He of the Green Sword bowed at the honor he did him, as was proper, and told him:

“My lord, if that is what pleases you, may it be done with the help of God.”

The King told him:

“My good friend, your arms are in such a state that they will not offer you any protection, so I wish to give you some that have never been worn. I am sure you will like them, for although ye have seen many, ye have never seen any better.”

Immediately he had brought richly made reins and a saddle. When he of the Green Sword saw them so beautiful and embellished, he sighed, thinking that if he had been in a position to send them to his loyal friend Angriote de Estravaus, he would have done so, and they would have been put to good use. The arms were very fine and had field of gold with purple lions, as did the surcoat. But the sword was the best he had ever seen except for King Lisuarte’s and his own, and after he examined it, he gave it to Grasandor so he could carry it into battle.

The next day early in the morning they heard Mass with the King, were all armed, and kissed his hands. They mounted and, accompanied by many other knights, rode to the field where the battle would be held. They saw that the Romans had already arrived and were armed and on horseback, while many of their men played trumpets to encourage them.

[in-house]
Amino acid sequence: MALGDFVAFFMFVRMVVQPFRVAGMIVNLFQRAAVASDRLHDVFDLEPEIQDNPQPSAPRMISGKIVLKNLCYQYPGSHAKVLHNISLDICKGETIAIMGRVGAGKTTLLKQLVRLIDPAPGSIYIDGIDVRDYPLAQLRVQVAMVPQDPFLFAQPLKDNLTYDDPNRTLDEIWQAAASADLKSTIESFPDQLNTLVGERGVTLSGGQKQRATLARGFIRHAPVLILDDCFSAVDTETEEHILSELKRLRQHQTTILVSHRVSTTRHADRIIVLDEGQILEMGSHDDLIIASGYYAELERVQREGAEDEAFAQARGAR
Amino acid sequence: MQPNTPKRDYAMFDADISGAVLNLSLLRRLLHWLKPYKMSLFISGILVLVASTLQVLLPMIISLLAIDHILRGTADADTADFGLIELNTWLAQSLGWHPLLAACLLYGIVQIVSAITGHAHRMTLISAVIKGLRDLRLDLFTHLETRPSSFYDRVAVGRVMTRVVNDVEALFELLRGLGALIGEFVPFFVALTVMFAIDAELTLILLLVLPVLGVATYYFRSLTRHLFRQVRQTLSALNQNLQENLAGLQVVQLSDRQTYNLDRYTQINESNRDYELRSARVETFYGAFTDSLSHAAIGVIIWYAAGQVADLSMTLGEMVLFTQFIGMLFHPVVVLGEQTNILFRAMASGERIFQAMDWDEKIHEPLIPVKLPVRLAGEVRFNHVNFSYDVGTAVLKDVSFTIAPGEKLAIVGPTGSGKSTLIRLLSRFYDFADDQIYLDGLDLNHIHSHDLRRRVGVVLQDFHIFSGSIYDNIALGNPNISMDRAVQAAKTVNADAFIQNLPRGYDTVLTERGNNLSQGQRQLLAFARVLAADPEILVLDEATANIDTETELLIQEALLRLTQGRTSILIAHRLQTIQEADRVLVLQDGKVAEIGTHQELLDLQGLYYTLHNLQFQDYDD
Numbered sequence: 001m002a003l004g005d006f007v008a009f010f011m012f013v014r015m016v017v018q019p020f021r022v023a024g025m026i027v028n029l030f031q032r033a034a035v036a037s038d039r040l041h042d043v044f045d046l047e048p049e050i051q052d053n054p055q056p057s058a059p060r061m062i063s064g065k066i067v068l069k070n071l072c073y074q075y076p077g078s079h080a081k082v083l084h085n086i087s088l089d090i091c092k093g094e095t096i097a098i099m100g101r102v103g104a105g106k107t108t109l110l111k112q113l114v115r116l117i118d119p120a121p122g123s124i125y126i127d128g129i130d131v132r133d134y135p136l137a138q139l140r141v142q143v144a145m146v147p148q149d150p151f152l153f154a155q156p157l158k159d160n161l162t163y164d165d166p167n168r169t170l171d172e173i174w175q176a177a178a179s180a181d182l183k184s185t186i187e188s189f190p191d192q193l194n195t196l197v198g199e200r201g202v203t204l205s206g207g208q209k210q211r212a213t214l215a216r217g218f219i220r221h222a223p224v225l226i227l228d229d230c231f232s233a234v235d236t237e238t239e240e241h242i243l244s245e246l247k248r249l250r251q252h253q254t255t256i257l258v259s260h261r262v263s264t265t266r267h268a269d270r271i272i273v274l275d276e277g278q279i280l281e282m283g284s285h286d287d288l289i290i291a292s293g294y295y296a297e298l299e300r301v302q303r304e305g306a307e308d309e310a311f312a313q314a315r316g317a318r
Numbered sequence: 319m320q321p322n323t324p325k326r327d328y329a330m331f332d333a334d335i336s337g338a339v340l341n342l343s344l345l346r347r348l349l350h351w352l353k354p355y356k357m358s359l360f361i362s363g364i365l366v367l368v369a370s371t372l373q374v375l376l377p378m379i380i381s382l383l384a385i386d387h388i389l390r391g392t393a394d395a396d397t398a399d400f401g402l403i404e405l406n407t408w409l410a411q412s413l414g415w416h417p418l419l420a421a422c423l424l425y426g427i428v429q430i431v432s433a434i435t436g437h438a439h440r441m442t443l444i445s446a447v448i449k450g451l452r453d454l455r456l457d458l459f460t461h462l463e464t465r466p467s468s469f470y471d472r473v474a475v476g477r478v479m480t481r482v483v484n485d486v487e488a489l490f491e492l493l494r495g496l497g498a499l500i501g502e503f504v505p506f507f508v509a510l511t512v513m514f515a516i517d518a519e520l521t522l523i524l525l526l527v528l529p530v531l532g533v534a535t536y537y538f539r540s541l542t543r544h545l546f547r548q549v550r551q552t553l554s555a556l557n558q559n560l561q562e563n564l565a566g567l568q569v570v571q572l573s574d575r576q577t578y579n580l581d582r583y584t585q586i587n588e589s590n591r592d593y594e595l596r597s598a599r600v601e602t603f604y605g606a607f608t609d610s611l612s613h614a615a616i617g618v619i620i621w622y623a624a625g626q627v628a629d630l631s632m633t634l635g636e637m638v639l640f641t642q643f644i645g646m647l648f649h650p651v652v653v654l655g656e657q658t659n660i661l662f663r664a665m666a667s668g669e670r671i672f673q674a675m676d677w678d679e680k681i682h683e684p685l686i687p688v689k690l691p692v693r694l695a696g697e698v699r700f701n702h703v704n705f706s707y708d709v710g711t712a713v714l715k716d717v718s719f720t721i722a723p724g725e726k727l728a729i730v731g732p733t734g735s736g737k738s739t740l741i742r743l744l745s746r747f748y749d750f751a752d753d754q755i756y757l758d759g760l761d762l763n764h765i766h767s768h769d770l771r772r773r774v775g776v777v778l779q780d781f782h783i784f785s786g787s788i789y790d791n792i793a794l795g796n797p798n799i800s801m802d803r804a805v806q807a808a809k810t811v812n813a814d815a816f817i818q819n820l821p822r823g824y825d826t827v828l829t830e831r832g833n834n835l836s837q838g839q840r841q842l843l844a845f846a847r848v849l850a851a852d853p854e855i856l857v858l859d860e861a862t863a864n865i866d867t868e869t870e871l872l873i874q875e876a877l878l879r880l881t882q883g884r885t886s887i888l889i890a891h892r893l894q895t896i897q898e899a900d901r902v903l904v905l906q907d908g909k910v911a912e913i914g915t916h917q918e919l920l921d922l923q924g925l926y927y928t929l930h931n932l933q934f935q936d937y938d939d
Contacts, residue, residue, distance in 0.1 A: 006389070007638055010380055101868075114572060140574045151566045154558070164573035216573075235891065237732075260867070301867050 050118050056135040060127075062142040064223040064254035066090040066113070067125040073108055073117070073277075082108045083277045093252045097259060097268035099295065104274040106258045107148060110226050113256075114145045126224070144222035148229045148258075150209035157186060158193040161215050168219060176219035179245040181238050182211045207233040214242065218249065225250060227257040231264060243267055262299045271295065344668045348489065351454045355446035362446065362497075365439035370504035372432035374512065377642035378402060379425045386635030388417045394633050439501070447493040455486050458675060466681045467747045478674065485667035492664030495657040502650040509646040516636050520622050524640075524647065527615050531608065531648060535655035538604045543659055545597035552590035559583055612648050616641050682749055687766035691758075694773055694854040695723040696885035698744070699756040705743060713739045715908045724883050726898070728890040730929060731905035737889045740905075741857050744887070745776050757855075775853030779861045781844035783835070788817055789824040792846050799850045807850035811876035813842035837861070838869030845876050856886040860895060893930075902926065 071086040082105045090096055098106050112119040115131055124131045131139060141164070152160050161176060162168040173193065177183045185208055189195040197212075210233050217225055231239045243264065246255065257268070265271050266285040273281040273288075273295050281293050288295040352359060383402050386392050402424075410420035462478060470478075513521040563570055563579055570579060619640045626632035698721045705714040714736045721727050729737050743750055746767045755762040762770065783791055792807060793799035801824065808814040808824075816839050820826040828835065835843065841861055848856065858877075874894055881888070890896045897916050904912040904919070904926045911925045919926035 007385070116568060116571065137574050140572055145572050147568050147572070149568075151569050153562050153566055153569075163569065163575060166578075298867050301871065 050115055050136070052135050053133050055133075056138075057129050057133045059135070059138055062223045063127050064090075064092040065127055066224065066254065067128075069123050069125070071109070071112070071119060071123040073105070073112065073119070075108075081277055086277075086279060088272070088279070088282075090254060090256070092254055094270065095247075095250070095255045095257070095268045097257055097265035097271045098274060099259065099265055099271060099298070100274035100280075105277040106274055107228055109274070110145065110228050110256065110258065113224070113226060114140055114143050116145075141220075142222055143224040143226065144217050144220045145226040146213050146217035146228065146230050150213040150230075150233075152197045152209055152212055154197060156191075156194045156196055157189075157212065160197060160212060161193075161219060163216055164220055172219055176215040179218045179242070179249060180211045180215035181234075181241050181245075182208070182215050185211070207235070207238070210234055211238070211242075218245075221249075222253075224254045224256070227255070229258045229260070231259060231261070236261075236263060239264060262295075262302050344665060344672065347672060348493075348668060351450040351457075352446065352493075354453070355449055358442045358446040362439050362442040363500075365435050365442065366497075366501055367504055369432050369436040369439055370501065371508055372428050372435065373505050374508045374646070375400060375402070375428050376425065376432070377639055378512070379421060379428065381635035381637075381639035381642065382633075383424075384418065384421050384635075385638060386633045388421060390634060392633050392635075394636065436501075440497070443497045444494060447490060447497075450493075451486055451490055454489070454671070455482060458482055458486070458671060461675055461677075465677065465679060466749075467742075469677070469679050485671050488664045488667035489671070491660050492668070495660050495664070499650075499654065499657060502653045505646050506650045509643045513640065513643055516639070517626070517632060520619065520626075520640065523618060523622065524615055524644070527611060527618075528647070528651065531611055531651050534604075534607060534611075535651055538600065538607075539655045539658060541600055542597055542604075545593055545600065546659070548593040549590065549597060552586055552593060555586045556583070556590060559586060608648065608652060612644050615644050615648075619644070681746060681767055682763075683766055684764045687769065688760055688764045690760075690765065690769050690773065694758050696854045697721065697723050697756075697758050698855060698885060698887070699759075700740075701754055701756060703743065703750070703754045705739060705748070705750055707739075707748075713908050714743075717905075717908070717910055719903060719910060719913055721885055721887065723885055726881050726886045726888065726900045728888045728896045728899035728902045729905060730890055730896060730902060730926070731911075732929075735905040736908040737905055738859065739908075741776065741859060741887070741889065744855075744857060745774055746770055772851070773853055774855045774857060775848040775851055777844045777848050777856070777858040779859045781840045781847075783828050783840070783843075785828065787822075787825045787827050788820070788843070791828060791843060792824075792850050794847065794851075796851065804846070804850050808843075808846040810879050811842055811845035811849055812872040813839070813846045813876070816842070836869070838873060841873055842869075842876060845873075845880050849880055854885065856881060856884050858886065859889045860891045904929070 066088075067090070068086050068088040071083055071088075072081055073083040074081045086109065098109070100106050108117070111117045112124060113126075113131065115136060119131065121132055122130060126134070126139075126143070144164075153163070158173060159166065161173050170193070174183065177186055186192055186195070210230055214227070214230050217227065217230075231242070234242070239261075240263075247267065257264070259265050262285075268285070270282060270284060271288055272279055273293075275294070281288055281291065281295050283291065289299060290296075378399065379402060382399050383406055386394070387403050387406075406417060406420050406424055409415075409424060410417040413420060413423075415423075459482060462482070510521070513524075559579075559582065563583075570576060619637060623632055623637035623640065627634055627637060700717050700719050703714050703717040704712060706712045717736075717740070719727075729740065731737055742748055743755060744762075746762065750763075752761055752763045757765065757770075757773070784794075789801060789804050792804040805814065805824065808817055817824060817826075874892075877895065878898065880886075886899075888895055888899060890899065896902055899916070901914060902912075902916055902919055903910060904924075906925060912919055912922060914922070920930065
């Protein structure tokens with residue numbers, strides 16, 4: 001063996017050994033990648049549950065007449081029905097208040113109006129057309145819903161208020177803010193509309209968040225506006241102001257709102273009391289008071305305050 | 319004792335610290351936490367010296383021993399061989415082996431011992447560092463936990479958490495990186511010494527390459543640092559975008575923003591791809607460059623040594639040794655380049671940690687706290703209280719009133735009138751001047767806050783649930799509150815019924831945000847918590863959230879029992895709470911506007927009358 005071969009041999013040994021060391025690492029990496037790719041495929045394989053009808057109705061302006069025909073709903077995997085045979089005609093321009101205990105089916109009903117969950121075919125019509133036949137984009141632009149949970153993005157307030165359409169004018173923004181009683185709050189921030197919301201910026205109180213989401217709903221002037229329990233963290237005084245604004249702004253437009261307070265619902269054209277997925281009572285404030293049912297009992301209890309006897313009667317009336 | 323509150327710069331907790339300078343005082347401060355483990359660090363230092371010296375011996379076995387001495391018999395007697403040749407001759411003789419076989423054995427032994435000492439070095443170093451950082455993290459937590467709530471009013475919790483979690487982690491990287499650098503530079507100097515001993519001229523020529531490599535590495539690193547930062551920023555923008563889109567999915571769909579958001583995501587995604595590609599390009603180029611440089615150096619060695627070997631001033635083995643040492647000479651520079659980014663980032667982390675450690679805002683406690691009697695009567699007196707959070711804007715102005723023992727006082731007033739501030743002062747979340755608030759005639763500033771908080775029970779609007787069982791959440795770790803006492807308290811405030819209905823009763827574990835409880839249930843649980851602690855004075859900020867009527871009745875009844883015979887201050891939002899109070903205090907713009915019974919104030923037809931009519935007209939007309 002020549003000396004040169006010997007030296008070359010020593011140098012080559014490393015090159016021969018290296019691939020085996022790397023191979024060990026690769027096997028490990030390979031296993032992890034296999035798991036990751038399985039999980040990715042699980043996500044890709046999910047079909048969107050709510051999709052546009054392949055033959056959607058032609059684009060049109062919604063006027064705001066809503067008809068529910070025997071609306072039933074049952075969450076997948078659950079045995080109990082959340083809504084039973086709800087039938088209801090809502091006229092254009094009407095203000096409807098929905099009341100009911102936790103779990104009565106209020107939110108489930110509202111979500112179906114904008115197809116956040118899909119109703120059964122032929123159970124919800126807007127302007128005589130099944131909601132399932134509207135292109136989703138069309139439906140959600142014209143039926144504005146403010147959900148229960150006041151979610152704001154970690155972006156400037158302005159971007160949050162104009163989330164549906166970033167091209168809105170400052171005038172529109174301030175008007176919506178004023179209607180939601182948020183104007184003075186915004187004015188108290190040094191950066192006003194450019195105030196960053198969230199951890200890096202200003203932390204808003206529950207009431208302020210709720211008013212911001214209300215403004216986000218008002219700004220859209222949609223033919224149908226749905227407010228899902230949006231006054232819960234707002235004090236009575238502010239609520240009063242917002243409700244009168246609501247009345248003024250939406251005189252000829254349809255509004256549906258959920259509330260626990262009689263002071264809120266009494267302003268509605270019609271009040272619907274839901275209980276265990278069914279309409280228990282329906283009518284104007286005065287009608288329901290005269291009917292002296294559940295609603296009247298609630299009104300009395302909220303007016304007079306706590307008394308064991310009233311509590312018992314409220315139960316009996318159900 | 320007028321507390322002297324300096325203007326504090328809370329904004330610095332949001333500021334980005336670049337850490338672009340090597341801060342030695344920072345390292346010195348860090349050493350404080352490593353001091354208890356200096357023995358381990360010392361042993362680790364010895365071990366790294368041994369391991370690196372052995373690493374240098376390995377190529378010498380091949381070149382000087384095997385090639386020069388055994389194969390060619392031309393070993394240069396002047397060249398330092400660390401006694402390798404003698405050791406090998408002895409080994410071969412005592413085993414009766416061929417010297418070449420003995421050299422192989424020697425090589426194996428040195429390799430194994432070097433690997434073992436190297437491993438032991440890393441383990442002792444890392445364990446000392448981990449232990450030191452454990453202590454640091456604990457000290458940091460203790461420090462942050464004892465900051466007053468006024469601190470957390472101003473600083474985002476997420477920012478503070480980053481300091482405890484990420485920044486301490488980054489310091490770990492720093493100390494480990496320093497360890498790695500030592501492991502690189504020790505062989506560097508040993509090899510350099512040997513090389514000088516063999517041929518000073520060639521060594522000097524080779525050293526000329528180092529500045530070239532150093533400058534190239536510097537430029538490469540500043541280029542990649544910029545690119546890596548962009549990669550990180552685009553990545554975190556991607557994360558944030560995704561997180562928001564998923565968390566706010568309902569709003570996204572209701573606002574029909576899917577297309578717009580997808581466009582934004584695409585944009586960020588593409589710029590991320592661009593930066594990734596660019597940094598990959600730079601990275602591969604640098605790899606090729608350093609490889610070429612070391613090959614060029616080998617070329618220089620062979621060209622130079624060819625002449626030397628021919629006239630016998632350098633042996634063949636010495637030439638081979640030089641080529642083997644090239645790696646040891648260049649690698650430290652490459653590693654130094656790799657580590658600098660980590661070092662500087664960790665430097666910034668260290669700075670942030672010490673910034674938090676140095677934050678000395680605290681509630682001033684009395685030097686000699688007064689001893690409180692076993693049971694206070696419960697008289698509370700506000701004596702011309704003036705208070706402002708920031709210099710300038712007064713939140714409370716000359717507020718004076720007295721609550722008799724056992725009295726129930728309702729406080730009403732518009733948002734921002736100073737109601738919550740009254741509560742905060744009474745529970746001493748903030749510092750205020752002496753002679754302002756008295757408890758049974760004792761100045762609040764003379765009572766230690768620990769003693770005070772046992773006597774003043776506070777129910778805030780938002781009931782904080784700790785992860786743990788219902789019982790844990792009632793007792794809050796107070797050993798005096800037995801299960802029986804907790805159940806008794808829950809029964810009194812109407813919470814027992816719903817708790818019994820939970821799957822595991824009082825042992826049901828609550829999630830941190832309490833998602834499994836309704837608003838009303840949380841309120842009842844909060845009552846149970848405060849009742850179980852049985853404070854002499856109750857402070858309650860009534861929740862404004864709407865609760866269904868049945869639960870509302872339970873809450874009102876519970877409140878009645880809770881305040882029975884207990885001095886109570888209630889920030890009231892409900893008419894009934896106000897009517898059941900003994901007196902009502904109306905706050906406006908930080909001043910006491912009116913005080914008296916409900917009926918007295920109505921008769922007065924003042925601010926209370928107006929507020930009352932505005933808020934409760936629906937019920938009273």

Arquisil was among them on a white horse with green arms, and he told his companions:

“Remember what we spoke of, and I shall do what I promised.”

Then they charged at each other, and Arquisil saw the Knight of the Green Sword coming at him and galloped at him. They struck each other with their lances, which shattered, and Arquisil was thrown out of his saddle onto the haunches of his horse, but since he had held onto the saddle tree and was brave and agile, he returned to his saddle.

He of the Green Sword rode past him, and with the piece of lance he still held, he struck the first knight he found himself before, knocked off his helmet, and would have brought him down, but two knights hit the knight of the Green Sword with their lances, one on his shield and the other on his leg, which passed through the skirt of his chain mail and the lance blade gave him a painful injury on the leg, which made him more irate than he had been.